A thin, volatile oil obtained by steam distillation of the fresh leaves of Eucalyptus Globulus tree.
Eucalyptus globulus Leaf Oil
According to the Cosmetic Ingredient Database (Cosing), the functions of Eucalyptus Globulus Essential Oil are:
Perfuming, Skin Conditioning
To view more information, visit the Cosing Database here.
A very good analgesic, so it can be used in after sports balms and gels to ease muscular aches and pains.
Use in after sun products to ease the skin reddening and possible sunburn.
Has deodorant qualities and is also an insect repellant so use in creams, gels and lotions.
A good warming oil so lovely to use in a gardener's hand cream or foot cream for cold feet.
Helps to reduce inflammation and speeds the healing of wounds.
Use in creams and lotions for acne prone skin or serums and gels for congested skin.
As an insect repellent for holiday shampoos.
It is also an antiseptic so may help with insect bites on the scalp.
Use in a nebuliser or oil burner to ease tight breathing at night as it is an antispasmodic.
Good for clearing the sinuses as well.
Soothing and calming for the whole body, yet leaves the mind refreshed, so it is ideal in a massage oil blend.
Add to Fragonia or Plai for massage or after sport products to relax aching joints and muscles.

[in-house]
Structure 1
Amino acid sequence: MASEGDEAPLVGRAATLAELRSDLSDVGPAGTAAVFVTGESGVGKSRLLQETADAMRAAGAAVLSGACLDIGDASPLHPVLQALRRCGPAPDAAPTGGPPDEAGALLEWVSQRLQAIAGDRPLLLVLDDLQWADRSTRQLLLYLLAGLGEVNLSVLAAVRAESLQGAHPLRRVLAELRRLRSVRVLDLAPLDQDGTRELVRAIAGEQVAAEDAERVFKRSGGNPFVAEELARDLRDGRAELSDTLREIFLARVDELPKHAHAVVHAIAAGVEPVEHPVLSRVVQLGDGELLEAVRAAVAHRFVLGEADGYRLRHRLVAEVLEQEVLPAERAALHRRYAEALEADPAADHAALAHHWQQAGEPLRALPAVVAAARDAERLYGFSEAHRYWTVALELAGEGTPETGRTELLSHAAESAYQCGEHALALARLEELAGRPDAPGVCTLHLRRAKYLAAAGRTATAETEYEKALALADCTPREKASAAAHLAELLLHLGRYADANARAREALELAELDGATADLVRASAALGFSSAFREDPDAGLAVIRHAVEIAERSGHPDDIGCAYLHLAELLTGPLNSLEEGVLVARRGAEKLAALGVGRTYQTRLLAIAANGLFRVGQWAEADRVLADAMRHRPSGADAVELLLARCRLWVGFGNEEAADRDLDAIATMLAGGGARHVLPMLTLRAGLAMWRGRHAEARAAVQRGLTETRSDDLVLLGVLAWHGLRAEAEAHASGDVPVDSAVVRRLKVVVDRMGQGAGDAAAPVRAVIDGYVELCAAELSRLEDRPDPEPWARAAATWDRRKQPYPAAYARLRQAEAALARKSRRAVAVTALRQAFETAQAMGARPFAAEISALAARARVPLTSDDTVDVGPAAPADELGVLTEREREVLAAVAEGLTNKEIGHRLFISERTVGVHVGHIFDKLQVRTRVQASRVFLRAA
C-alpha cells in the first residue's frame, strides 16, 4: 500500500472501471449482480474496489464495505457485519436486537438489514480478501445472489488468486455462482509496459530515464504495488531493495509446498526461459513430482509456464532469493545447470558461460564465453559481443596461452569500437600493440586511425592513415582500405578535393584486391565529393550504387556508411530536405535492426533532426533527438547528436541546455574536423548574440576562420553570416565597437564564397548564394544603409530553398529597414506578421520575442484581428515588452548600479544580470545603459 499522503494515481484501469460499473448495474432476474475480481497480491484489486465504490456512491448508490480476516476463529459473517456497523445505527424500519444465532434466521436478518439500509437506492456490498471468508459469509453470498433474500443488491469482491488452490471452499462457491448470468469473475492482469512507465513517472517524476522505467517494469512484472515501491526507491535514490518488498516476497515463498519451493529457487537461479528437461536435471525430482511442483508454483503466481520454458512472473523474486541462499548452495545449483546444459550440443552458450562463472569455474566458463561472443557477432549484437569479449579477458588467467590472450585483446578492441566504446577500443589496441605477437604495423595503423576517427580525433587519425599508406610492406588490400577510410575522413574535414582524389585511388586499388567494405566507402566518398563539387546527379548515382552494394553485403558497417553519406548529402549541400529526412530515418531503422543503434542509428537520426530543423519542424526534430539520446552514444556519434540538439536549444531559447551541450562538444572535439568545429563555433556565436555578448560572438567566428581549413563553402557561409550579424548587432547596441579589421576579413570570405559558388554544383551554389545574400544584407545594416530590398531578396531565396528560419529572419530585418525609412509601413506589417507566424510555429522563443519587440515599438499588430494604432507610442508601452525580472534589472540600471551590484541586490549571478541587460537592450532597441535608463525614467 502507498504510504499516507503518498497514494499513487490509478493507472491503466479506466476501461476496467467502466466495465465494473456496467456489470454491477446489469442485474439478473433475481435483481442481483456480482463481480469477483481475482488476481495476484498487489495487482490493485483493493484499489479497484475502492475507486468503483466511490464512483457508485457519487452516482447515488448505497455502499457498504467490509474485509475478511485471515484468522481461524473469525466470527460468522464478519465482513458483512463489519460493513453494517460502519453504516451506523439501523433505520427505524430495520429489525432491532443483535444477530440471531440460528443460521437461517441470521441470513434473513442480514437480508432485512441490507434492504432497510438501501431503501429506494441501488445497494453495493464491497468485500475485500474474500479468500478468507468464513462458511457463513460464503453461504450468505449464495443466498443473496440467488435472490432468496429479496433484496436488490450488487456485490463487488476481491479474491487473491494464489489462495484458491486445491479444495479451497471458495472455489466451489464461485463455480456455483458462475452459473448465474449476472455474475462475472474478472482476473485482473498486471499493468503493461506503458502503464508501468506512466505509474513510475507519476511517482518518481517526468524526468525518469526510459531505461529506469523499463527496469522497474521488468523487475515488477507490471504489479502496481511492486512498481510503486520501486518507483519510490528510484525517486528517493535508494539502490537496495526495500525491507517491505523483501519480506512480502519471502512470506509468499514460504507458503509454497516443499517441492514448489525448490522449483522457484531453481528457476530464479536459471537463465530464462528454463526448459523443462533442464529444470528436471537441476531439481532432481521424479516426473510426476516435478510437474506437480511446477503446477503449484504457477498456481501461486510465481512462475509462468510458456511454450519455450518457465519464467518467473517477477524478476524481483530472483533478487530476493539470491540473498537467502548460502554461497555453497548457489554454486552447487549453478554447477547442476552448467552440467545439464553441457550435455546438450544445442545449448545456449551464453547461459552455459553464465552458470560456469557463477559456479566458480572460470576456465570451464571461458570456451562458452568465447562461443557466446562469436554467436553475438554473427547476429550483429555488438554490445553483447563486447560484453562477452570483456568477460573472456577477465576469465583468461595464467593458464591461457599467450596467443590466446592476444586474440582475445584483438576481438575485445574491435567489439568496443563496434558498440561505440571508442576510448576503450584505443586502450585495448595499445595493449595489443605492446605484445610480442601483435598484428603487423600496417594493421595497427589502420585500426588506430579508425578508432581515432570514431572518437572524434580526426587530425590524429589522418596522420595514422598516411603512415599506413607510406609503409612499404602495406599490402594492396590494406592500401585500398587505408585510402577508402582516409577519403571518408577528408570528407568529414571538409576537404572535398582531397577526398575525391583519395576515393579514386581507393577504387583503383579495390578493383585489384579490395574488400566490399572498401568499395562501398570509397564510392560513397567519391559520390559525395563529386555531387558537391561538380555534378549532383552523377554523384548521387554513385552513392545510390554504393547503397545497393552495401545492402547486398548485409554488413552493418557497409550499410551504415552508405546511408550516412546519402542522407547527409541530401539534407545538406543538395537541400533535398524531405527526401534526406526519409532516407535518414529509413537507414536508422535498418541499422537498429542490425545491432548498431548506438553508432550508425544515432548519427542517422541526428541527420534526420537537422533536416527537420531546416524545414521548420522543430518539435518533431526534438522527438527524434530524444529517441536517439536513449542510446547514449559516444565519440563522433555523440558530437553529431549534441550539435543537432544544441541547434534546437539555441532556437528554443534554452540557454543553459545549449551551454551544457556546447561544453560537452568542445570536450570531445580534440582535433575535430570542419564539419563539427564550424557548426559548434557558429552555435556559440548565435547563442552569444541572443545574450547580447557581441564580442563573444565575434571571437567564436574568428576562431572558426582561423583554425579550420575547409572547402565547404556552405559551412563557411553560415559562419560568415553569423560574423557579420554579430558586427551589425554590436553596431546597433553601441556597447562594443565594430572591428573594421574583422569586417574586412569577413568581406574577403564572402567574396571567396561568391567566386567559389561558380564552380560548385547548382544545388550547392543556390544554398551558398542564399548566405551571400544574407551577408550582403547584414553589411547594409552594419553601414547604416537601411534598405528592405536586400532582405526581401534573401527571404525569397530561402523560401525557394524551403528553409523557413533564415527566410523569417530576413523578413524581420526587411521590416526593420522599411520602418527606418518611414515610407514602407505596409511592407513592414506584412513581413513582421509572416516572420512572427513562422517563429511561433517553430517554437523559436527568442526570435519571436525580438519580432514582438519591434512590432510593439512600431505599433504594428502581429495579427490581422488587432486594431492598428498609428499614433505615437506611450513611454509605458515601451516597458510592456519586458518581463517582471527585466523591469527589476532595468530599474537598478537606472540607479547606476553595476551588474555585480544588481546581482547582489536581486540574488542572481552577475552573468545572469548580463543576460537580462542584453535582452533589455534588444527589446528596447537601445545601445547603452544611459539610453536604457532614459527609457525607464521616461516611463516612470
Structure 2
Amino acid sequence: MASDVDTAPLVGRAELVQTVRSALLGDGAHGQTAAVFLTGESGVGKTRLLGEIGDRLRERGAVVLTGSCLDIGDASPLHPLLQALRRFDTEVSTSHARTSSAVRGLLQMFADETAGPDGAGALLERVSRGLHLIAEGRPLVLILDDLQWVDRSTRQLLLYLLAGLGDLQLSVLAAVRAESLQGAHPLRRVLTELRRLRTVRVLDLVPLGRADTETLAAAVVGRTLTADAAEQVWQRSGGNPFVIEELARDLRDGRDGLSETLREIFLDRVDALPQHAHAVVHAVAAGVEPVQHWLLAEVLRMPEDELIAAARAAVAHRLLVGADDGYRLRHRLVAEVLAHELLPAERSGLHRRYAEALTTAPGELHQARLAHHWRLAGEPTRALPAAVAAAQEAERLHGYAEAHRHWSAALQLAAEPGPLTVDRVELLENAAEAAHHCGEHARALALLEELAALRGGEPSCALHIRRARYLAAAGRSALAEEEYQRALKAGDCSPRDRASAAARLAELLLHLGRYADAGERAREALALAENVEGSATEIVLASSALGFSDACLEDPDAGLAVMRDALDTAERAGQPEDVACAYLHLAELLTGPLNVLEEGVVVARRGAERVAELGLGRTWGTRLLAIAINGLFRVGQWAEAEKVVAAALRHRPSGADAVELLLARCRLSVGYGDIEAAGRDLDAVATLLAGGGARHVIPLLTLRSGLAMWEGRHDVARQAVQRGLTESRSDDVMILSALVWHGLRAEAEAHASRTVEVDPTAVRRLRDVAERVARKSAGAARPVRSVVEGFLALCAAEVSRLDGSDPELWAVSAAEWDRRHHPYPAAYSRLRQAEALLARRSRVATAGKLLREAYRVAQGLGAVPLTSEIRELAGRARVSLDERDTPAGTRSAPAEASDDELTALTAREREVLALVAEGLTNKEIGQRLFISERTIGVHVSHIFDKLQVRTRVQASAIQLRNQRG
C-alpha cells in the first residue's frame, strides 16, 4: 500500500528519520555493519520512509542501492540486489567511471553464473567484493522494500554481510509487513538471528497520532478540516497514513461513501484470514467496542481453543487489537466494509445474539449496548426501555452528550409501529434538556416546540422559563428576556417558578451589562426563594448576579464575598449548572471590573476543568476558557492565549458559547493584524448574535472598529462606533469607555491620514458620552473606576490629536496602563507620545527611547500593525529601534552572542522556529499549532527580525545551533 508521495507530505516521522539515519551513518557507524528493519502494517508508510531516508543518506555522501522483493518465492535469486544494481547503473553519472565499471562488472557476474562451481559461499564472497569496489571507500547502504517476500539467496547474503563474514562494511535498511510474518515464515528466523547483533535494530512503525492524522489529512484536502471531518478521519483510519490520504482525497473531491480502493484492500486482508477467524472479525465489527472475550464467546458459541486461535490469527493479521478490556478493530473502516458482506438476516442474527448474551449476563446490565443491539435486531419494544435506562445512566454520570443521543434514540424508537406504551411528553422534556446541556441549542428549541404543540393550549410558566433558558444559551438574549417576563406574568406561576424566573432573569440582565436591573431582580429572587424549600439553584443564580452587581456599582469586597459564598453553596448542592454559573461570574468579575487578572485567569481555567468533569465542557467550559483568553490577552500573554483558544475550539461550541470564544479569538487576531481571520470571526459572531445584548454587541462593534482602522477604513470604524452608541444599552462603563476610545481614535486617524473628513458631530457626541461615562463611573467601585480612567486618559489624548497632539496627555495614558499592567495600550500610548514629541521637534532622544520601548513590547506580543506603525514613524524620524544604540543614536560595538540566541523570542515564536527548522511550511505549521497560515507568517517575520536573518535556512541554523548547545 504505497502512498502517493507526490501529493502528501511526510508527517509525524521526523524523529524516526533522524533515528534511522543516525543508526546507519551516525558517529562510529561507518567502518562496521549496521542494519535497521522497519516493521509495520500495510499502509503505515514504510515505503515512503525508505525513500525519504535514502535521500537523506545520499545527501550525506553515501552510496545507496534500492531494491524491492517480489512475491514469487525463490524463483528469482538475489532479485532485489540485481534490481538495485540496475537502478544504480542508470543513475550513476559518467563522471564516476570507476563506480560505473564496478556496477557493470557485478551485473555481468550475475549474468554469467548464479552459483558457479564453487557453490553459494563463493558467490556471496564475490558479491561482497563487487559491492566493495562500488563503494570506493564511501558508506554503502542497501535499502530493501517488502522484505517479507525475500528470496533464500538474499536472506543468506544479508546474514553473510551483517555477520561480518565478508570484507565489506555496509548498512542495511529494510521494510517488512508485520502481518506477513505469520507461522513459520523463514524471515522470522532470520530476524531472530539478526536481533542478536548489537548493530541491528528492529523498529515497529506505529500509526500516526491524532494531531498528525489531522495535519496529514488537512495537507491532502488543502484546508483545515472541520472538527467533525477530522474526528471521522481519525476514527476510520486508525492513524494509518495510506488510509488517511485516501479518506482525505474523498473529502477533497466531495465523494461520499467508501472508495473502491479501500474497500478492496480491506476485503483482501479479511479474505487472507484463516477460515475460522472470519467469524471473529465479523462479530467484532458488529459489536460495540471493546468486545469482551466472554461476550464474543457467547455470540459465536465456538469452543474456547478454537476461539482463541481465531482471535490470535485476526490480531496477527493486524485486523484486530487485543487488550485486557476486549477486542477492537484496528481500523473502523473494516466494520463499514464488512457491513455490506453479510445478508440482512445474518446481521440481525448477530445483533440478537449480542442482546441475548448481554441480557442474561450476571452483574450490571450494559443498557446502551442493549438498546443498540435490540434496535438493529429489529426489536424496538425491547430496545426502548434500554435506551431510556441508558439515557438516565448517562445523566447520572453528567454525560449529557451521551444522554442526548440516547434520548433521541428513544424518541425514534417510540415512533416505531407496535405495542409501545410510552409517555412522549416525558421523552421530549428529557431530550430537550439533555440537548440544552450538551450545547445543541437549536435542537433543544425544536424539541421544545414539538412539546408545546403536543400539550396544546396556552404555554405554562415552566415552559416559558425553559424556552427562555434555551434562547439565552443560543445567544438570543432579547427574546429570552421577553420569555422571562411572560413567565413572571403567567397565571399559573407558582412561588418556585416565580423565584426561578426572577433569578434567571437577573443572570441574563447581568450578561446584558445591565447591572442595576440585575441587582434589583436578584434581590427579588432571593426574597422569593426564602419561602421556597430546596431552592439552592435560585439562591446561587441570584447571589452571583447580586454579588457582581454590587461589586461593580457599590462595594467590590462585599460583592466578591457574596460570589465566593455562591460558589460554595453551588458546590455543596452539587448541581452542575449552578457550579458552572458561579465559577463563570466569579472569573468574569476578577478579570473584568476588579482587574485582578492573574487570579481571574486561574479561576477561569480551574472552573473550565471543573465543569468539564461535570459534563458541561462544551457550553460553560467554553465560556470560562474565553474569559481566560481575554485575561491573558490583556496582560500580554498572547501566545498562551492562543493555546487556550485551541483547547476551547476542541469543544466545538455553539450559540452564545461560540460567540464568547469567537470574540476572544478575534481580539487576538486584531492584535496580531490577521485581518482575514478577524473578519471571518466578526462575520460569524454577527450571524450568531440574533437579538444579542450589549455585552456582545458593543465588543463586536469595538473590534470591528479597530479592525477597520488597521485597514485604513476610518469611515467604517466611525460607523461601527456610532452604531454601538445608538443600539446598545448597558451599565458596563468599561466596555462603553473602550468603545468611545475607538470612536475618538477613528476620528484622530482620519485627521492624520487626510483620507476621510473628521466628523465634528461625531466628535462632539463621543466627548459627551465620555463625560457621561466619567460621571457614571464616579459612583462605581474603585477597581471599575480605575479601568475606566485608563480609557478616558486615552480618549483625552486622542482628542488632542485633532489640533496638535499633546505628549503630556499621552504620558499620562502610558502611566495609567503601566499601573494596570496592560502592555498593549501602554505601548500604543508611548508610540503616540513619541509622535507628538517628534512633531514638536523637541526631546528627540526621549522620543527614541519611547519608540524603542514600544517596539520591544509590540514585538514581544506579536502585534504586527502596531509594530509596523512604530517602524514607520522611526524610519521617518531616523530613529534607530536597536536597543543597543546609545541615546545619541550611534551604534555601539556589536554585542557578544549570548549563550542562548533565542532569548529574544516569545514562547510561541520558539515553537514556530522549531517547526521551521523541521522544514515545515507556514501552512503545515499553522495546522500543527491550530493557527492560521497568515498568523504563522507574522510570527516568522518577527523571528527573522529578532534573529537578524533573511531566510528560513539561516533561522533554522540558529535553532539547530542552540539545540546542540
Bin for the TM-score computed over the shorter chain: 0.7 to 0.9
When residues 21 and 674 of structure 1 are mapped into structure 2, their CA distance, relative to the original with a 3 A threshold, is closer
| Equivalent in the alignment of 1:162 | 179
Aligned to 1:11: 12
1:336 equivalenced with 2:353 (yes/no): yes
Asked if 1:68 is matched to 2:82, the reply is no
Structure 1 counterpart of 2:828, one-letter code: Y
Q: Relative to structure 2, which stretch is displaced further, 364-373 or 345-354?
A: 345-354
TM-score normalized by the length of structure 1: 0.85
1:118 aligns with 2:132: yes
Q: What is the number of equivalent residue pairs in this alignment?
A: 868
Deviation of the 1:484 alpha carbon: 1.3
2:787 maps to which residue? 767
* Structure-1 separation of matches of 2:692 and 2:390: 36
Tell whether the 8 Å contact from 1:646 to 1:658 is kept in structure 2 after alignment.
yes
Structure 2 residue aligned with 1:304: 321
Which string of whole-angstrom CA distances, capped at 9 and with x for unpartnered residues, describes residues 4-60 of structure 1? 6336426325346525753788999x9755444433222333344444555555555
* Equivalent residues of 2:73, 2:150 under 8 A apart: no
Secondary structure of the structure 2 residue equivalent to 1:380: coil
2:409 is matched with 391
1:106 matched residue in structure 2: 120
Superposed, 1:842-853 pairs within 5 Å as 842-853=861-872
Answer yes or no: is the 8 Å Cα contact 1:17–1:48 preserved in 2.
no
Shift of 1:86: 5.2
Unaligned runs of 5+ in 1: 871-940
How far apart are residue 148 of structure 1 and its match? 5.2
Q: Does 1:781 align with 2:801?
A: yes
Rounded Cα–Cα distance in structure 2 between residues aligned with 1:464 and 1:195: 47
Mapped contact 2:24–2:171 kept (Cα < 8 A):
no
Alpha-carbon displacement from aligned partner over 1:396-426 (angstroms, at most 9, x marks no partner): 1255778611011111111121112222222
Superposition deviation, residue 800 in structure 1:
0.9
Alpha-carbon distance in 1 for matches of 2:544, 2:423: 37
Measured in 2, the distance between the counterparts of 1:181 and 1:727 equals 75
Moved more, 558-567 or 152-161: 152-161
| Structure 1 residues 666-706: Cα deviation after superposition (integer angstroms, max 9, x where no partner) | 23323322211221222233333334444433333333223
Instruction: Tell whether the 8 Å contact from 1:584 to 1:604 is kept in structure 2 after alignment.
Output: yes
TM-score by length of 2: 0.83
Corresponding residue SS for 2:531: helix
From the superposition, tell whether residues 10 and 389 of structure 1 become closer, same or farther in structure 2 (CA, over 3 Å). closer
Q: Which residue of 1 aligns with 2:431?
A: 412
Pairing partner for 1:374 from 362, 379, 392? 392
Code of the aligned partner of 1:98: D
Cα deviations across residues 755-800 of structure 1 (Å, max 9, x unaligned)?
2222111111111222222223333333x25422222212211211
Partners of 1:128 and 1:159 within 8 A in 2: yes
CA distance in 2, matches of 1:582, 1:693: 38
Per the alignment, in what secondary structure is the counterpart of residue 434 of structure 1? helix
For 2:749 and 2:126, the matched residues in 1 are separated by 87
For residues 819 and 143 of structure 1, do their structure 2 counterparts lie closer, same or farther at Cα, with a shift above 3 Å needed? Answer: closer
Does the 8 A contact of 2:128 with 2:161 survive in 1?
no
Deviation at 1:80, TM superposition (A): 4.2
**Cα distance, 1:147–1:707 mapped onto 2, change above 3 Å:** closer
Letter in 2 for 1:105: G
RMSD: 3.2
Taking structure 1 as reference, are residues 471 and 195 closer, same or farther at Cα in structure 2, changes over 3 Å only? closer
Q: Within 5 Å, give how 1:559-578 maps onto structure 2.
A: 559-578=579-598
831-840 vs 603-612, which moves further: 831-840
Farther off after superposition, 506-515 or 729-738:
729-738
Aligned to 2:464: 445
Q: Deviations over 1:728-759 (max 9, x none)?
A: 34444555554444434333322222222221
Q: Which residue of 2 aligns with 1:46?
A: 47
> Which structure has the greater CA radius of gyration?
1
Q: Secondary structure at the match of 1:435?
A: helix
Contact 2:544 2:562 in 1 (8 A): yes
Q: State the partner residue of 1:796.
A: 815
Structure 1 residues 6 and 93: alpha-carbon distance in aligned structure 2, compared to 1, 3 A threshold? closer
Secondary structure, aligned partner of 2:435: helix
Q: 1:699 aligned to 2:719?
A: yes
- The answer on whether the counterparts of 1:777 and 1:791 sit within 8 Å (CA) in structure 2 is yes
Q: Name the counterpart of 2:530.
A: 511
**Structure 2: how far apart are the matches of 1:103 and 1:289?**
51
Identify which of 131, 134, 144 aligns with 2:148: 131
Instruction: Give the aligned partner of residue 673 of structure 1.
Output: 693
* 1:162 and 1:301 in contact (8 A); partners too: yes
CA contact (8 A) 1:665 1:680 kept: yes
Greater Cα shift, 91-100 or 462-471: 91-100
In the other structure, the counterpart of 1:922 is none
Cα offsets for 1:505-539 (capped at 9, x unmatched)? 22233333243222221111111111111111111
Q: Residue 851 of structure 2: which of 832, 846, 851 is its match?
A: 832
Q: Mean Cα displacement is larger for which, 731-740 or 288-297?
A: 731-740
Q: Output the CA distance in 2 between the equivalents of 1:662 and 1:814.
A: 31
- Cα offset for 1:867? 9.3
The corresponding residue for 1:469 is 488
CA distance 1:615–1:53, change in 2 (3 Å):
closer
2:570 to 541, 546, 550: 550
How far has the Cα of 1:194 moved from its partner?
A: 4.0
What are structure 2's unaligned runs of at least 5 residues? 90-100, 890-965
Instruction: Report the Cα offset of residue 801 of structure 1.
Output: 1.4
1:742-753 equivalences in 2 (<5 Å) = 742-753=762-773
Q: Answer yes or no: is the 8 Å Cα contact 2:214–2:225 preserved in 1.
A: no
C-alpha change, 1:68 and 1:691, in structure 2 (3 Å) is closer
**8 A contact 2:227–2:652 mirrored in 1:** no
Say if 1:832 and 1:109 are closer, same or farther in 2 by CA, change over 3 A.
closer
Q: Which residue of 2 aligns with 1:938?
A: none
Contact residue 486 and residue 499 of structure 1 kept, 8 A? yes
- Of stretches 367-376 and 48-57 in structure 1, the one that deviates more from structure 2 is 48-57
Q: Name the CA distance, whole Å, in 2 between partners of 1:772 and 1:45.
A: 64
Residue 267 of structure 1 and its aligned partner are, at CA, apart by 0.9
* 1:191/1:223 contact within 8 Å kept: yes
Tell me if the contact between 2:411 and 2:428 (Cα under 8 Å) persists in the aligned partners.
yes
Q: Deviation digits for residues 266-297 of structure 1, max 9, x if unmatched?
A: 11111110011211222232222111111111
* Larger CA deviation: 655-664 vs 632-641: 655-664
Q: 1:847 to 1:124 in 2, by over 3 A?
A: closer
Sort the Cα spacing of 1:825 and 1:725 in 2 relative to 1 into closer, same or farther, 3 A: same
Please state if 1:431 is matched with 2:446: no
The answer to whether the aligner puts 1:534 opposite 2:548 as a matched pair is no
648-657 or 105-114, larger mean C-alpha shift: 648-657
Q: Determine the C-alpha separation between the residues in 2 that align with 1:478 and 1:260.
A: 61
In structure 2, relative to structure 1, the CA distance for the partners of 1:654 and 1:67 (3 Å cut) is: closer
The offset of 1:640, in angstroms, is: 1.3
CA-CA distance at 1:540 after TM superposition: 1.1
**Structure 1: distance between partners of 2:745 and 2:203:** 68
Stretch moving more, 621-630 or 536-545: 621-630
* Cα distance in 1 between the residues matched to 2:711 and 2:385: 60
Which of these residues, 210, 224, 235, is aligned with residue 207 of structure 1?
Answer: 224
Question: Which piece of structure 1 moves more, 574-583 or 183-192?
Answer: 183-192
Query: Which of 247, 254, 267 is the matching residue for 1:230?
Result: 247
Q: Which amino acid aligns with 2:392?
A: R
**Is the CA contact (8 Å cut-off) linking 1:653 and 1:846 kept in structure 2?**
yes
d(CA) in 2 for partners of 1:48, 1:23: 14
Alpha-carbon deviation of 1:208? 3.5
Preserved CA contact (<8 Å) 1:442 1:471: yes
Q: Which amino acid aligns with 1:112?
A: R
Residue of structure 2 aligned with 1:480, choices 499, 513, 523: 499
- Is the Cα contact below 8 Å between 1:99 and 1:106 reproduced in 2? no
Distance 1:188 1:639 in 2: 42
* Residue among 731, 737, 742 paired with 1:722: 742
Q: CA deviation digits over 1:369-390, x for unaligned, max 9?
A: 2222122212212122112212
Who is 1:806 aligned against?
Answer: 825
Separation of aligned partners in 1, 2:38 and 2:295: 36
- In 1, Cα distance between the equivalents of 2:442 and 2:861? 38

Use with Lavender for taking the sting out of burns.
Combine with Frankincense to help relax and deepen shallow breathing.
Blend with Bergamot to soothe cold sores.
Do not use on babies or children under 1 year old.
Do not use on open wounds and never use internally, even as a mouthwash.
Traditional Aromatherapy Uses
Traditionally used by qualified aromatherapists as a powerful lung oil to assist with all types of catarrh and coughs, as well as asthma and bronchitis.
Used in balms for rheumatism and in gels for muscular aches and pains.
During the wars, it was used to assist with post viral weakness when there was slow recovery.
During the last two World Wars, it was burned in sick rooms to help TB patients to breathe better, as well as to cleanse the air. In the trenches, it was used to keep malarial fever at bay.
The leaves have always been used by the indigenous Aborigines as wound dressings.